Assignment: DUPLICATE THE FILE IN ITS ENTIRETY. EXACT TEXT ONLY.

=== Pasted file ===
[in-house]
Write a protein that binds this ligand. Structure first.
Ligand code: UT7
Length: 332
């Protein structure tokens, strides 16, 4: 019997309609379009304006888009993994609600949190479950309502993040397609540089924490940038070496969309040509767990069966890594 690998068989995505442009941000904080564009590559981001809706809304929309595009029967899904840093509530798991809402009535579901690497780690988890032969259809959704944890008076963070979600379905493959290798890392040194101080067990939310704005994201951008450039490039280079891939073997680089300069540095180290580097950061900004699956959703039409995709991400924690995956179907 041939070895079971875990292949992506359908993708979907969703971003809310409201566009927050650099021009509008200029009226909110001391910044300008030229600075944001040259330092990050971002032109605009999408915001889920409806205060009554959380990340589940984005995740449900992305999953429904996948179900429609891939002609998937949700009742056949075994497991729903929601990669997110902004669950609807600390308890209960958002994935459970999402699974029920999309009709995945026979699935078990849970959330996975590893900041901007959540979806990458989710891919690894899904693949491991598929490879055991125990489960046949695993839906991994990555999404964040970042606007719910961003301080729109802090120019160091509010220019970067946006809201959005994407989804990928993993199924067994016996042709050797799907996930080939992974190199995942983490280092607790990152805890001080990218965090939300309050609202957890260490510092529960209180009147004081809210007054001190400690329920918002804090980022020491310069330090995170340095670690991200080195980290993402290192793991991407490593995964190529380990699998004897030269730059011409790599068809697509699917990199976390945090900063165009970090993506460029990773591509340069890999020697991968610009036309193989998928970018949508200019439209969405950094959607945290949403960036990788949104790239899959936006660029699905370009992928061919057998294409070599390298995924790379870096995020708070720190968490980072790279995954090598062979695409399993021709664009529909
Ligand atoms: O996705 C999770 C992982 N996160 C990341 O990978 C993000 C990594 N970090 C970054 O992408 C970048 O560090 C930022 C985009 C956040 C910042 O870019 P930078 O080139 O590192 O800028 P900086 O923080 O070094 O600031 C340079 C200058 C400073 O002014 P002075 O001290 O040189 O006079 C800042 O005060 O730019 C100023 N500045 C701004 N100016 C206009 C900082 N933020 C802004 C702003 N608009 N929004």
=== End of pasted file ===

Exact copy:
[in-house]
Write a protein that binds this ligand. Structure first.
Ligand code: UT7
Length: 332
């Protein structure tokens, strides 16, 4: 019997309609379009304006888009993994609600949190479950309502993040397609540089924490940038070496969309040509767990069966890594 690998068989995505442009941000904080564009590559981001809706809304929309595009029967899904840093509530798991809402009535579901690497780690988890032969259809959704944890008076963070979600379905493959290798890392040194101080067990939310704005994201951008450039490039280079891939073997680089300069540095180290580097950061900004699956959703039409995709991400924690995956179907 041939070895079971875990292949992506359908993708979907969703971003809310409201566009927050650099021009509008200029009226909110001391910044300008030229600075944001040259330092990050971002032109605009999408915001889920409806205060009554959380990340589940984005995740449900992305999953429904996948179900429609891939002609998937949700009742056949075994497991729903929601990669997110902004669950609807600390308890209960958002994935459970999402699974029920999309009709995945026979699935078990849970959330996975590893900041901007959540979806990458989710891919690894899904693949491991598929490879055991125990489960046949695993839906991994990555999404964040970042606007719910961003301080729109802090120019160091509010220019970067946006809201959005994407989804990928993993199924067994016996042709050797799907996930080939992974190199995942983490280092607790990152805890001080990218965090939300309050609202957890260490510092529960209180009147004081809210007054001190400690329920918002804090980022020491310069330090995170340095670690991200080195980290993402290192793991991407490593995964190529380990699998004897030269730059011409790599068809697509699917990199976390945090900063165009970090993506460029990773591509340069890999020697991968610009036309193989998928970018949508200019439209969405950094959607945290949403960036990788949104790239899959936006660029699905370009992928061919057998294409070599390298995924790379870096995020708070720190968490980072790279995954090598062979695409399993021709664009529909
Ligand atoms: O996705 C999770 C992982 N996160 C990341 O990978 C993000 C990594 N970090 C970054 O992408 C970048 O560090 C930022 C985009 C956040 C910042 O870019 P930078 O080139 O590192 O800028 P900086 O923080 O070094 O600031 C340079 C200058 C400073 O002014 P002075 O001290 O040189 O006079 C800042 O005060 O730019 C100023 N500045 C701004 N100016 C206009 C900082 N933020 C802004 C702003 N608009 N929004």